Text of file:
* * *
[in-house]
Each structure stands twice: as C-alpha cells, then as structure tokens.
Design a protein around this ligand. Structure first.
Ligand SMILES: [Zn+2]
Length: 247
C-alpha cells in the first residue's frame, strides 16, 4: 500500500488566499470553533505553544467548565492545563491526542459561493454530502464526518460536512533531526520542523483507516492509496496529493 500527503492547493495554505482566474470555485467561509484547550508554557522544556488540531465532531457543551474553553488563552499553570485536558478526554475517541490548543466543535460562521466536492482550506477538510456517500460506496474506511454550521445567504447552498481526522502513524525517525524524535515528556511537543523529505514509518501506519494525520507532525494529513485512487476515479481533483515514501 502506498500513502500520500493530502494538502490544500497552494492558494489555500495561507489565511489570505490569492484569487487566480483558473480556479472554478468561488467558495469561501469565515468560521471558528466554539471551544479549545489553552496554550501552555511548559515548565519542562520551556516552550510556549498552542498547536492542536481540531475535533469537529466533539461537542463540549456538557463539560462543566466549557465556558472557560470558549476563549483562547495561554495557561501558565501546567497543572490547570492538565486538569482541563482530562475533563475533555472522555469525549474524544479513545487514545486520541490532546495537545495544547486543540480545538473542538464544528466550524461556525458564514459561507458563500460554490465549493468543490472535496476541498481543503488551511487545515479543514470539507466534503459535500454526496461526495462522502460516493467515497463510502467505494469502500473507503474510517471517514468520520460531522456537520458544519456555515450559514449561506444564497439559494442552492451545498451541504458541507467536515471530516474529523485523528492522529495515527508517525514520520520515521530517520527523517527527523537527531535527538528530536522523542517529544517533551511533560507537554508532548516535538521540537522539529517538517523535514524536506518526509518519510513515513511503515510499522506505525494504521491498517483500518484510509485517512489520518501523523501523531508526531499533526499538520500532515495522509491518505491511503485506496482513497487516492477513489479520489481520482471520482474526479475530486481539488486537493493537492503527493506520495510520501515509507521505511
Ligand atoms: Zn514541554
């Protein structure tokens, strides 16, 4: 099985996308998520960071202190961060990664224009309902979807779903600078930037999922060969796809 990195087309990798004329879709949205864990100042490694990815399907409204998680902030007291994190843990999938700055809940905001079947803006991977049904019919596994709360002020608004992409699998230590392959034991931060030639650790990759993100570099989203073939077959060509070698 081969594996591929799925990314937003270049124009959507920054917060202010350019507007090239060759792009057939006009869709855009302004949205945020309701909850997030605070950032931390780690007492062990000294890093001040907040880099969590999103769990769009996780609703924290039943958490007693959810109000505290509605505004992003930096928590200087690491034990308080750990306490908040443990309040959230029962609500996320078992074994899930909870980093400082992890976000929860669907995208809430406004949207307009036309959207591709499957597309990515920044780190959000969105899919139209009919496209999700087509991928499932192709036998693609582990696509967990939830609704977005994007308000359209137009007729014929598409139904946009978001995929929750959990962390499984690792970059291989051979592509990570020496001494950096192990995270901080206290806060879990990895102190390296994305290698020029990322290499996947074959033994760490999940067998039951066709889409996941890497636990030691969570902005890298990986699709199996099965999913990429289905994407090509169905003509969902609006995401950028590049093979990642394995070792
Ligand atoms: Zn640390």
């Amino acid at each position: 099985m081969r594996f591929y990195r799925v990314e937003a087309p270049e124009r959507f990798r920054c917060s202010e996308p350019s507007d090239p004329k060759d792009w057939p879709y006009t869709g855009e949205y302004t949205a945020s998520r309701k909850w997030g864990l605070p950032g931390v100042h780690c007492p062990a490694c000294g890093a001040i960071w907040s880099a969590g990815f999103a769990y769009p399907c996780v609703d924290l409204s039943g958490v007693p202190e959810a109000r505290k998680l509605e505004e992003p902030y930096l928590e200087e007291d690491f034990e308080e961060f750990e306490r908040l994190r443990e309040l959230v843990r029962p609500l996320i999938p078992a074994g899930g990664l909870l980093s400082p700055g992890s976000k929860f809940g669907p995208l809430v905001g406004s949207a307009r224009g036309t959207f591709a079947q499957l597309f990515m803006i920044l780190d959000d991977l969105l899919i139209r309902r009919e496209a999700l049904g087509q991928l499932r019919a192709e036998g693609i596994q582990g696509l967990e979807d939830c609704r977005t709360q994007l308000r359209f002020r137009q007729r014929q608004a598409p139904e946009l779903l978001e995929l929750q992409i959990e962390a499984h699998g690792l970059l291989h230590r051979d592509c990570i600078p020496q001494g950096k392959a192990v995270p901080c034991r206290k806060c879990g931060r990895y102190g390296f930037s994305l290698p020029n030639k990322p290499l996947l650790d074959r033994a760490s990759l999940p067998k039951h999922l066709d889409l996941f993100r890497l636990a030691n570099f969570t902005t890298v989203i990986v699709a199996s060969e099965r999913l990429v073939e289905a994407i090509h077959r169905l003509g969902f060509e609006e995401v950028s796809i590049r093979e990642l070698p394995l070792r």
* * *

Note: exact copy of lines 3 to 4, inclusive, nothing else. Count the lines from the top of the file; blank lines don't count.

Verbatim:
Design a protein around this ligand. Structure first.
Ligand SMILES: [Zn+2]